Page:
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Date: June 21st 1915
Ronald Norris
Arthur Davidson


Drummer Arthur Davidson, wounded in action, writes as follows to Ronald Norris, his letter being dated from Arnold Auxiliary Hospital, at Doncaster, England, June 4.

I have just received a letter you sent on the 29th of last month, or rather April. I was having a pretty rough time just about then, and we were in the trenches for fourteen days, but it was nothing compared with the following week. We had a pretty rotten time then and I am glad I'm here. Well I absolutely refuse to talk about war any longer. The place where I am now is a fine house and we have a darned good time. I fact one can hardly realize there is a war in progress and I am sorry to have to leave here. I go on furlough on Monday.

By the way, Ronnie, you can tell all had sundry that it is worth while going out to the front because when one comes back wounded the people of England and even the government, cannot do enough for a person. Then consider, you have a free, specially conducted continental trip (guides supplied by the government) lots of big game shooting, any amount of excitement and adventure, especially adventure, and lots of travelling. Unfortunately the travelling is done at night and you cannot enjoy the scenery, but all that is made up for by the pyrotechnical display, given twice nightly by our friends the enemy on the other side of the ditch.

Then you have the excitement when putting up barbed wire entanglements, or an occasional scrap with the big game, or when the J. Js or "Whistling Rufuses" get too close for comfort. That is the only drawback to the whole arrangement, but I'm sure there are lots of young men in Nanaimo who are yearning to get a dig at the Prussians, and to put matters plainly we could be doing more than we are at present. We are certainly holding our won, and doing our bit, but it takes numbers and their consequent weight to fight against the dirty underhand methods of Prussian militarism. I wonder if you ever realized that the British are up against the toughest problem the have ever been called upon to face, and do you know that they are defending the worst part of the line, namely the road to Calais, which lies through Ypres, and which would enable them to get their big 16 and 17-inch guns to the coast and consequently hurl their 2000-pound projectiles into England? They have had these self-same guns turned on Ypres when our fellows have been billeted there, and I have seen the havoc they create, and mind you, they are no respector of persons. When I came through Ypres after getting m "souvenir" with the rest of the wounded, we saw horses, men, women and children who had been caught by the shell fire of the enemy Even the shells were bursting in every direction and under any other circumstance I should have thought it was a very impressive sight. We had to do gallop through Ypres because of this, and then, think, the town except for ourselves, deserted by human beings. Such is the condition of Belgium, other towns the enemy have occupied are in a similar state, Dechebush, Vermeceele, St.Eloi, Neuve Chapelle, and Poperinghe and Vismertinghe are just beginning to get their share. Can you imagine the feelings of the people were these English towns or for choice our own beautiful towns in the west.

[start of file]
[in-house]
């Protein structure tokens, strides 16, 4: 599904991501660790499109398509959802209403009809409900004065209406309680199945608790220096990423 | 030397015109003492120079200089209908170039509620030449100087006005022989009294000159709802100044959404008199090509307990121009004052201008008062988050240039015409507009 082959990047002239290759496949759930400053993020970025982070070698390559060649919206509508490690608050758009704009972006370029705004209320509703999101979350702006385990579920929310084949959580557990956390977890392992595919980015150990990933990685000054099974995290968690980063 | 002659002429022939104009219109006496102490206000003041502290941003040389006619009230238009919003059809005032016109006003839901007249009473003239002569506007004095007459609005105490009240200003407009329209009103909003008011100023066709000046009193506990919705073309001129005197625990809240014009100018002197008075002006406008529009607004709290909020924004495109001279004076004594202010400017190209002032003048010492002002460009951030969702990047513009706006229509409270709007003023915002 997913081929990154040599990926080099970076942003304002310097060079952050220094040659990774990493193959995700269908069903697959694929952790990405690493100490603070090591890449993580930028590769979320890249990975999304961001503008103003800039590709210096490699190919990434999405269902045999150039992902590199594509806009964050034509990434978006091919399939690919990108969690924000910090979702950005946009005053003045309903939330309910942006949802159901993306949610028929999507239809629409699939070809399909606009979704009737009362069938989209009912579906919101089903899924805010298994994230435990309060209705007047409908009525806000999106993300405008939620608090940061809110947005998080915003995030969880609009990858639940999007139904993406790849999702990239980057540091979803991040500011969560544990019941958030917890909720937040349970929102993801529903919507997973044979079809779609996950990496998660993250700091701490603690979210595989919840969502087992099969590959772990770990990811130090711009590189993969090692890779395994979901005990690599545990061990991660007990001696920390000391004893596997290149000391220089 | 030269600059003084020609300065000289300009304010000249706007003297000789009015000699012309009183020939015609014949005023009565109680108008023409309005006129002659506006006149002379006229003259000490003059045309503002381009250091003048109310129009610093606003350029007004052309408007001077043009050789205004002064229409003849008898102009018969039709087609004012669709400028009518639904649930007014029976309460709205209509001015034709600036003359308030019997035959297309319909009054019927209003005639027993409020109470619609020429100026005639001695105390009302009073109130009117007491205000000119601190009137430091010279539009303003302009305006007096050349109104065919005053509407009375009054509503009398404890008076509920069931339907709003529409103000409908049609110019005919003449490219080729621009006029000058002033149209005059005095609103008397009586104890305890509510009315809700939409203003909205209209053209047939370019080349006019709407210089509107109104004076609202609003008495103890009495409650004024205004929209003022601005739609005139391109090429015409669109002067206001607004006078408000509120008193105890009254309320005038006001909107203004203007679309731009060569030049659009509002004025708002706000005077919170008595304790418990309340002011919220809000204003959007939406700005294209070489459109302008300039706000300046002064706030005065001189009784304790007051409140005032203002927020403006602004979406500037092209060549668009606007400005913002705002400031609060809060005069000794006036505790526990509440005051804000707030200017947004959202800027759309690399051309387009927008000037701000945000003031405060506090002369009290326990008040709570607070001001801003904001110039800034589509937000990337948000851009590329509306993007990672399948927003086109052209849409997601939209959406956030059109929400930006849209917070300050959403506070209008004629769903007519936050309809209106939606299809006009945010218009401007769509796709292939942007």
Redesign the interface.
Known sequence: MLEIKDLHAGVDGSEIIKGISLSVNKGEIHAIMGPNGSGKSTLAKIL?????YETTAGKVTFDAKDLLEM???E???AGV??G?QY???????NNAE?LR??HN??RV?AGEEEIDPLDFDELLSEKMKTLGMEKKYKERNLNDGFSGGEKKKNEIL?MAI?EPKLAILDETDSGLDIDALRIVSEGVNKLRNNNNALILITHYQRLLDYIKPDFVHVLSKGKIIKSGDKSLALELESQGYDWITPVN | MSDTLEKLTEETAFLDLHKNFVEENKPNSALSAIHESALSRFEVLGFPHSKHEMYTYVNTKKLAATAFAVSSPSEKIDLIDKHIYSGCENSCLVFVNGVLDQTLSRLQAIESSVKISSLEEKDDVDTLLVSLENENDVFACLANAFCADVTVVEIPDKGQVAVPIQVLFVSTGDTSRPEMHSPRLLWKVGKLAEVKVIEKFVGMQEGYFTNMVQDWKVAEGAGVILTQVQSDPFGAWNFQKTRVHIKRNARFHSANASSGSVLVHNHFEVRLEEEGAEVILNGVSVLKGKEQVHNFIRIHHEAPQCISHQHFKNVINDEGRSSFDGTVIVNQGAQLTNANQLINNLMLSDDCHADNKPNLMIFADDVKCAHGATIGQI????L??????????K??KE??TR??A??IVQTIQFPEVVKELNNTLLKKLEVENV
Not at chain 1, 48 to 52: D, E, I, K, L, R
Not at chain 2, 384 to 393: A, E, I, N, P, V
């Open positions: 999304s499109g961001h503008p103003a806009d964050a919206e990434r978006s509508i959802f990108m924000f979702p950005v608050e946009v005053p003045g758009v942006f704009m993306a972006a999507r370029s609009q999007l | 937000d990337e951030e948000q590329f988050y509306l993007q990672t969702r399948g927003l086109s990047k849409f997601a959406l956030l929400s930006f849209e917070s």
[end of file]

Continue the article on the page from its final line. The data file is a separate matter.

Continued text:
I sincerely hope that such conditions may never prevail in England, but you know what appears to be impossible sometimes happens, and the only prevention of such a catastrophe is the help of every able-bodied man that can be spared. I am not writing with the intention of scaring anybody, or airing my knowledge, but there are certain people who sit in their chairs beside a cozy fire and delude themselves that the Prussians are short of ammunition. I often have wished they were. Ask anyone who has been to the front. I am glad to say they have not the fine men that we have, nor such efficient officers, and if the war had been carried on on the rules laid down by the nations then it would have been all over bar the shouting.

The Canadian Red Cross Society is doing a good work and I am very glad to say, so are the Scouts. Of course I always did say that they were useful to a community, and are fully appreciated in England. They have sent a motor ambulance to the front and their good works are legion. They help the military authorities in many ways and their training makes them useful adjuncts to the different ambulance corps.

The French Boy Scouts were used in exactly the same manner, and there are many of the older fellows serving in the forces, and on headquarter staffs as interpreters.

There are several troops here at Doncaster and I have seen some of their work. The people here are very generous and give us a good time. I have been out boating, joyriding, and out to supper. I have got my photo taken several times, and the people take a great interest in any one from Canada. One dear old lady very kindly asked me if it was true "that our people married a white girl."

Well Ronald I guess I will ring off now as I am getting writer's cramp.